Thus, due to the economic difficulties of recent decades and the emergence of large international competitors, added to the recent pandemic caused by the CoViD-19 virus, have led to a tightening of the working conditions of workers in this sector and, consequently, to increase the prevalence of occupational diseases such as burnout related to mental workload [15,16]. Mental workload is a multidimensional concept that implies the difference between a job’s cognitive demands and an employee’s cognitive skills [17]. Mental workload is task- and person-specific and involves motivation, individual capacities, and performance [18].
On the other hand, the most accepted definition of burnout describes it as a “syndrome of emotional exhaustion and cynicism that frequently occurs among individuals who do people work of some kind” [19]. Thus, several studies have analyzed the effects of stress on professional selling employees [20,21], showing that stress is inherent to this sector due to its client-oriented nature. This type of stress can lead to adverse physical and psychological effects as burnout [22].
Recent studies have estimated that the psychological impact caused by the CoViD-19 pandemic is like that of a catastrophe: 1 in 5 people will manifest depressive and anxious symptoms [22]. Over the last year, numerous studies have revealed these consequences in health sector workers worldwide. Khasne et al. [23] showed that more than half (52%) of their healthcare workers’ sample exhibited pandemic-related burnout. Chor et al. [24] found that 53% of their sample were experiencing burnout, and Matsuo et al. [25] showed that 31.4% of a sample of healthcare workers from Japan were experiencing burnout. Denning et al. [26] showed that 67.1% of healthcare workers from a multinational cross-sectional study were positive for burnout, among others. Several studies have also analyzed the predictors on the relationship between the CoViD-19 pandemic and burnout, showing that work hours, work overload, being in close contact with people, anxiety symptoms, depression symptoms, emotional exhaustion, depersonalization, and insomnia are consistent predictors [26,27,28,29,30,31]. Furthermore, recent studies showed that other psychosocial risks such as social support, social value, being stigmatized as a healthcare worker, witnessing disease, lack of organizational justice, emotional work, distress intolerance, intolerance of uncertainty, interpersonal conflicts, and role conflicts are also significant predictors for burnout and mental distress [31,32,33,34].
Among psychosocial risks, one of the variables most extensively studied in the last year has been risk perception from CoViD-19. Several studies show that sociocultural and sociodemographic factors such as higher education level, prosocial values, and gender (females) are associated with higher risk perception. Having experience with the virus is also associated with higher risk perception [35,36]. Another critical finding regarding risk perception is that those with higher levels engage more in protective behaviors such as staying at home, hand washing, and disinfecting personal objects [37,38].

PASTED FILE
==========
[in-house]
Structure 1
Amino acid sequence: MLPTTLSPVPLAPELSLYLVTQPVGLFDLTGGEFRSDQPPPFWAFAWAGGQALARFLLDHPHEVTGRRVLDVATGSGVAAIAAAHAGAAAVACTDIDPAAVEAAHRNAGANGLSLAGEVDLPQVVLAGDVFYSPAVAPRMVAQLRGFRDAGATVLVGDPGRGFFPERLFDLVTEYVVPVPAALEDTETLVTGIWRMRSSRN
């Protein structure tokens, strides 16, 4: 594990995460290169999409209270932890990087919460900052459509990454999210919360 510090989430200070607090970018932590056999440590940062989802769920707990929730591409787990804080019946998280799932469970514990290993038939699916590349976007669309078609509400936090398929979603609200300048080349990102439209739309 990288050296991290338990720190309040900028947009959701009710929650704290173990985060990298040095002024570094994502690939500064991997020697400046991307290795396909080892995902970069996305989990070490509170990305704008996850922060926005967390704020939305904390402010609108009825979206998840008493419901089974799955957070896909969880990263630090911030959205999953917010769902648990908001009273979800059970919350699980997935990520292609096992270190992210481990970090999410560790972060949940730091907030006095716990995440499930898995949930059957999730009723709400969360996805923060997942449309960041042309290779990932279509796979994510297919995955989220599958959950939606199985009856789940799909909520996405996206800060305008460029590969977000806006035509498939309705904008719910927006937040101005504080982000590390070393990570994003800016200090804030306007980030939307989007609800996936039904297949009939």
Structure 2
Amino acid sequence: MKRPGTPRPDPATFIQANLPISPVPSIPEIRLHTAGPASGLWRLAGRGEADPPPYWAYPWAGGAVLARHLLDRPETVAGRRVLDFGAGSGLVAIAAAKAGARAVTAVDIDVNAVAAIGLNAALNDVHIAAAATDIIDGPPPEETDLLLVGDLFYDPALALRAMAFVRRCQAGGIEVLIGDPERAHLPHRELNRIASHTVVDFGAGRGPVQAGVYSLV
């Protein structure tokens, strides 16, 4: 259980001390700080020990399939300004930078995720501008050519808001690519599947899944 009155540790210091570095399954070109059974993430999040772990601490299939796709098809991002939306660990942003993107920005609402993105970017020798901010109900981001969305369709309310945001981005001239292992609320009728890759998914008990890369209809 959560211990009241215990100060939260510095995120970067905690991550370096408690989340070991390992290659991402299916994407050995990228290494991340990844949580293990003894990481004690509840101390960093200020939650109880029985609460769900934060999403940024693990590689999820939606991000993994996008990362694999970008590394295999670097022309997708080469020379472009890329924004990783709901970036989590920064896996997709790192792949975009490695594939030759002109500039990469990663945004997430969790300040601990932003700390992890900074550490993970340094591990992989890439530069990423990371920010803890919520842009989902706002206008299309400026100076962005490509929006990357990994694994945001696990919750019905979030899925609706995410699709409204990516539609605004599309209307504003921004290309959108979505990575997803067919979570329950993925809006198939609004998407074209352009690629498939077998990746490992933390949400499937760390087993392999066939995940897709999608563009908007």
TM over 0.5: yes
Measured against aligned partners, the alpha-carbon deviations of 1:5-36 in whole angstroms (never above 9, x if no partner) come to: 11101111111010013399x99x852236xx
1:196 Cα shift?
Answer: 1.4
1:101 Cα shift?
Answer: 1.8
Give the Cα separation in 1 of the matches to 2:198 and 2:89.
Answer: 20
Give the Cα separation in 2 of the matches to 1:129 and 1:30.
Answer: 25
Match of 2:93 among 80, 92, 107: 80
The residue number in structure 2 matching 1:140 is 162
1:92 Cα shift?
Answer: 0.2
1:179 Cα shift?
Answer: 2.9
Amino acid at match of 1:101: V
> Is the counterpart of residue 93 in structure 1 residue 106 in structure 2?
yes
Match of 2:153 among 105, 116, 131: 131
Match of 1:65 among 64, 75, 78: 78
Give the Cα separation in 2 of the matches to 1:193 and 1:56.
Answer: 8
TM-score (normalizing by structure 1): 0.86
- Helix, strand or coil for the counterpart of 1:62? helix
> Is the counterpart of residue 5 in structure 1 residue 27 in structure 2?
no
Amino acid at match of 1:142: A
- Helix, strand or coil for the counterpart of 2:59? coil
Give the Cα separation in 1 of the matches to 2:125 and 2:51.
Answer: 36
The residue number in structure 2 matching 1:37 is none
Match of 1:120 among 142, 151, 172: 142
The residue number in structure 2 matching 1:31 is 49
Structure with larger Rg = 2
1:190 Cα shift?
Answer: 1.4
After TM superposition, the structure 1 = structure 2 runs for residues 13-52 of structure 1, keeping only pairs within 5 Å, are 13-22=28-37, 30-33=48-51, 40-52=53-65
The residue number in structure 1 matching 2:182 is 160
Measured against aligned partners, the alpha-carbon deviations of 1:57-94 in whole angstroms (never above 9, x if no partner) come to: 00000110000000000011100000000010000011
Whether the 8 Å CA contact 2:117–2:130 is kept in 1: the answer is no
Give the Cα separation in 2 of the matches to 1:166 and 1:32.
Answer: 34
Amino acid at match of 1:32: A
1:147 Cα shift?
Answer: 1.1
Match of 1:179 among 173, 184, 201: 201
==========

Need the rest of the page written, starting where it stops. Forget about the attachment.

Recent studies have also given great importance to certain sociodemographic variables such as socioeconomic status (SE), strongly associated with the perceived severity of CoViD-19. Irigoyen-Camacho et al. (2020) exhibit that people with higher SE showed higher perceived severity and carried out more preventive actions. Multiple studies also showed that low-income individuals are more affected by the pandemic: household crowding and higher odds of working on-site are associated with higher CoViD-19 infection rates [37,39].
However, it is vital to know this impact on workers in other sectors to implement psychological prevention measures in these groups. The current pandemic has caused workers in continuous contact with other people to display changes in their daily tasks and in their work environment to adjust to the health prevention regulations. Also, environmental changes and performing uncommon tasks are well-known stressors correlated with burnout syndrome development [23].
In Spain, Oliver et al. [40] conducted a survey to quickly assess the Spanish citizens’ situation and perception on four areas related to the CoViD-19 pandemic: their social contact behavior during the confinement, their economic impact, their work situation, and their health status. They found a significant economic impact of the CoViD-19 pandemic in small businesses as 47.3% of respondents working in small (1–9 workers) companies reported having been financially affected, and 19.4% reported facing insolvency at their work. Fashion retailing was the third most affected in terms of occupations, only behind hospitality and construction. 9.3% of the participants who had or were in danger of losing their job/business were working in fashion retailing (only 5.3% of participants who did not think they will lose their jobs working in fashion retailing).